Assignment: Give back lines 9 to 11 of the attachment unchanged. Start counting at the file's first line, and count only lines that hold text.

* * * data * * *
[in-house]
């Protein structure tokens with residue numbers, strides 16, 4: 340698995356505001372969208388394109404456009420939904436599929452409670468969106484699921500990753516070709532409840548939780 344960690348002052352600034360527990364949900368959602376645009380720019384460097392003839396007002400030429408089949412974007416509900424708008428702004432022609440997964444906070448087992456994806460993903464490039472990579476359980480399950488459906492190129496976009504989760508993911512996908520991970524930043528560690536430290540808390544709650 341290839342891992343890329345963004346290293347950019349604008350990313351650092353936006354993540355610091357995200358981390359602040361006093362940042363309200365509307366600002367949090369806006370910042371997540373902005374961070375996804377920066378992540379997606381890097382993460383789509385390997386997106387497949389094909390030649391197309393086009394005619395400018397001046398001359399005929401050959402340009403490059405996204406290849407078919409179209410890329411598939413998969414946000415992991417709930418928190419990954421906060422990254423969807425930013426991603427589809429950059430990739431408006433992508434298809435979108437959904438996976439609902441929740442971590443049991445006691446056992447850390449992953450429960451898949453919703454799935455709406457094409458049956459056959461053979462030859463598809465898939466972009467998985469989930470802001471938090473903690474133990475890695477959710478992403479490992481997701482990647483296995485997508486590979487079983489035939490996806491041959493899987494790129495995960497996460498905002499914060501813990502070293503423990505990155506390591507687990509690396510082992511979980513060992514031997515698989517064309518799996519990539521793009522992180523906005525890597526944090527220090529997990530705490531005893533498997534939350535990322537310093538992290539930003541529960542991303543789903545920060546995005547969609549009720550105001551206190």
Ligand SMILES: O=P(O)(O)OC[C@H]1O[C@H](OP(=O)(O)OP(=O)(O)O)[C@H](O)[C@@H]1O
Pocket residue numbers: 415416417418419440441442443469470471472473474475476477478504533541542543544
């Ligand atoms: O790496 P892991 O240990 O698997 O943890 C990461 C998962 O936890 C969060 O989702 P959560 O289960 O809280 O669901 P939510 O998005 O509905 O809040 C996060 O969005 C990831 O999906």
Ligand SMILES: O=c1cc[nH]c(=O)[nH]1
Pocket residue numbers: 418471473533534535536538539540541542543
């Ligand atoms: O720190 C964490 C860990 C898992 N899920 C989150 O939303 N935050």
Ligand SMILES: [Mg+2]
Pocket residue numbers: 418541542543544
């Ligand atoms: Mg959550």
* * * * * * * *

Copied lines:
Ligand SMILES: [Mg+2]
Pocket residue numbers: 418541542543544
């Ligand atoms: Mg959550």